The bigger the problem, the better the opportunity
By Angela Forsyth
Everyone creates food waste. Even the most conscientious environmentalist ends up with leftover banana peels and apple cores. There might be the select few who are composting at home, but the reality is that most food waste goes to a landfill. In fact, according to the U.S. Department of Agriculture, food waste represents up to 30 percent of a landfill’s makeup and is the single largest category of material dumped in them.
It’s not all bad, however — food waste can be capped and produce methane that can be used to run turbine engines for electricity. But the reality is that 70 percent of the methane food waste creates is released into the air before it’s capped. The other problem is landfill ground can never be used for a different purpose; we will eventually run out of property.
According to Rohr, if nothing changes, Northwest Arkansas will run out of places to store trash in the next 10 to 15 years.
Looks like a job for Food Loops. The food recycling company is on a mission to make sure nothing is wasted. Through its services, food waste is picked up from commercial sites — diverted from a landfill — and converted into nutrient-rich fertilizer for local growers and residences.
“We can take something that would go into a landfill and stay there into something that is sustainable — a food loop,” Rohr explains. The company also reduces the waste footprint by selling compostable dinnerware products to local restaurants, events and businesses. And Food Loops can be hired to convert large events into zero-waste functions. Popular events, including the Fayetteville Roots Festival, Walmart’s Shareholders Week and Northwest Arkansas’ three-night food festival BITE, have used Food Loops to provide compostable utensils, manage sorting stations and haul away the waste.
Rohr is looking to affect change in the biggest way possible. “Being sustainable is usually seen as an individual effort,” he notes. “Our philosophy is different, the opposite of that. We feel strongly about going after big problems where we can influence more.”
Many corporations have different levels of sustainability goals that need to be met. In some cases, Food Loops hauls food waste; in other cases, it takes on complete waste management, sorting and hauling all recyclables including glass, aluminum, plastic and paper. Rohr knows when his company goes into large facilities, he creates change in individual’s homes by extension. “Our focus is on corporate customers,” he explains. “We’re going into large offices, for example, Tyson. We are meeting them where they are. If you work at a place like Tyson and see firsthand the amount of waste that can be salvaged, you won’t go home and throw everything away.”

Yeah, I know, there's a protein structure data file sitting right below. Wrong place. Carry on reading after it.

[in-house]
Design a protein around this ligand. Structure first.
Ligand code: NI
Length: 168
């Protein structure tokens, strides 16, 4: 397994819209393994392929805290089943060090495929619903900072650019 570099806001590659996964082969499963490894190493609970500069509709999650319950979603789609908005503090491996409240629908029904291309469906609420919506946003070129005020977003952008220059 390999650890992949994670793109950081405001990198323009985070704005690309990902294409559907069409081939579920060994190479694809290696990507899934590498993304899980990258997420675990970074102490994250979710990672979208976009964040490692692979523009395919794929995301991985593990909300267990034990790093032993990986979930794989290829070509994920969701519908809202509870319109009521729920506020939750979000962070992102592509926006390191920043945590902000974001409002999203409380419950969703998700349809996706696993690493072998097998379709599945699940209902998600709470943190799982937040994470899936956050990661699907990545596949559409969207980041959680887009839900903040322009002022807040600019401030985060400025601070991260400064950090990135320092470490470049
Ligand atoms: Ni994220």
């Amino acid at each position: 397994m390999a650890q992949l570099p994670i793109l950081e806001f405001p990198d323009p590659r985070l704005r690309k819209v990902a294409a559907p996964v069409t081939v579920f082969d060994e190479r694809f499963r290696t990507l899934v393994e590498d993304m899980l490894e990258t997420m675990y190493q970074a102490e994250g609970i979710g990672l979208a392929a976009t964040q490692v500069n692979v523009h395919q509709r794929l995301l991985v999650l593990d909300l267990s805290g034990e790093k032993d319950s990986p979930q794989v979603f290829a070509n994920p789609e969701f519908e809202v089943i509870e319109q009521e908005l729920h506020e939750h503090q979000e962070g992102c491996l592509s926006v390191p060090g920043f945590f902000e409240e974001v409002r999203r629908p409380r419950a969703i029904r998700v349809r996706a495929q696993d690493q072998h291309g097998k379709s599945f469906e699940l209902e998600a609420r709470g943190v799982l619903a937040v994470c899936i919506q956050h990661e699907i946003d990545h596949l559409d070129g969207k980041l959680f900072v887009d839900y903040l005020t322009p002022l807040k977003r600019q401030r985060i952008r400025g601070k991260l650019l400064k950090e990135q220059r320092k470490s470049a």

Founded in 2017, and with operations beginning in 2018, Food Loops is a relatively new company. But already, Rohr has met some challenges. Changing people’s mindset takes time. Throwing things away is simply easier, especially when some aspects of recycling are not straightforward. The different recycling numbers on plastics can be confusing; it’s not always clear what type of paper can be put in the recycling bin; and some recycling management companies don’t accept glass at all.
“We want to be simpler. That will be more successful,” Rohr says.
The timing is right. Rohr has found that there is tremendous opportunity. Once people find out what his company does, they are usually eager to hire Food Loops. In addition to Tyson, some of the company’s top customers include the Walmart Arkansas Music Pavilion, Mercy Hospital, First National Bank, Thaden School and St. Vincent De Paul Catholic School. There’s also great demand for fertilizer, which sells out every time it’s offered.
At the moment, Rohr takes his food waste to Fayetteville to be converted to compost. One of his short-term goals is to build a location of his own where Food Loops can make its own compost.
Although Food Loops focuses mainly on business waste management, there is a service available for individuals — the Five-Gallon Swap program. A typical family produces an average of five gallons of food waste per week. So, every week, participants can bring their container — a five-gallon bucket provided by Food Loops — with food waste and exchange it for an empty one. Rohr also urges individuals to buy local food to support local growers and to shop seasonally.